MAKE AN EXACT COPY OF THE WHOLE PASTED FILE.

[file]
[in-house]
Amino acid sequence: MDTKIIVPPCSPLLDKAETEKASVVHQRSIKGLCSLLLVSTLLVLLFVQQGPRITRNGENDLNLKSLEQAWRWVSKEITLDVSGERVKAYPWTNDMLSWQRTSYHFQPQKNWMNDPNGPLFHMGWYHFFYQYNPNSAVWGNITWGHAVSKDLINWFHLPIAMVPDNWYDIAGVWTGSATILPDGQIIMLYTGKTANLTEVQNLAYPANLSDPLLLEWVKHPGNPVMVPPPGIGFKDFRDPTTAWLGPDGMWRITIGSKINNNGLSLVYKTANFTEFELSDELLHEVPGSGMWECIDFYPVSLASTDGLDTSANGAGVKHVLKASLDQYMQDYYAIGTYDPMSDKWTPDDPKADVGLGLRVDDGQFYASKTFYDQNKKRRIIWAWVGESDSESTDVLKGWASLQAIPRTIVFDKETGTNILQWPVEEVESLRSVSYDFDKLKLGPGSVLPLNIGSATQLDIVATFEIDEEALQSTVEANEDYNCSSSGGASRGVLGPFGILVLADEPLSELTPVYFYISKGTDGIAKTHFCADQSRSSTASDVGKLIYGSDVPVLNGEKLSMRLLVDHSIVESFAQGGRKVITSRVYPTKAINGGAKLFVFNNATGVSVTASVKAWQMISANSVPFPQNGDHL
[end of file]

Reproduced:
[in-house]
Amino acid sequence: MDTKIIVPPCSPLLDKAETEKASVVHQRSIKGLCSLLLVSTLLVLLFVQQGPRITRNGENDLNLKSLEQAWRWVSKEITLDVSGERVKAYPWTNDMLSWQRTSYHFQPQKNWMNDPNGPLFHMGWYHFFYQYNPNSAVWGNITWGHAVSKDLINWFHLPIAMVPDNWYDIAGVWTGSATILPDGQIIMLYTGKTANLTEVQNLAYPANLSDPLLLEWVKHPGNPVMVPPPGIGFKDFRDPTTAWLGPDGMWRITIGSKINNNGLSLVYKTANFTEFELSDELLHEVPGSGMWECIDFYPVSLASTDGLDTSANGAGVKHVLKASLDQYMQDYYAIGTYDPMSDKWTPDDPKADVGLGLRVDDGQFYASKTFYDQNKKRRIIWAWVGESDSESTDVLKGWASLQAIPRTIVFDKETGTNILQWPVEEVESLRSVSYDFDKLKLGPGSVLPLNIGSATQLDIVATFEIDEEALQSTVEANEDYNCSSSGGASRGVLGPFGILVLADEPLSELTPVYFYISKGTDGIAKTHFCADQSRSSTASDVGKLIYGSDVPVLNGEKLSMRLLVDHSIVESFAQGGRKVITSRVYPTKAINGGAKLFVFNNATGVSVTASVKAWQMISANSVPFPQNGDHL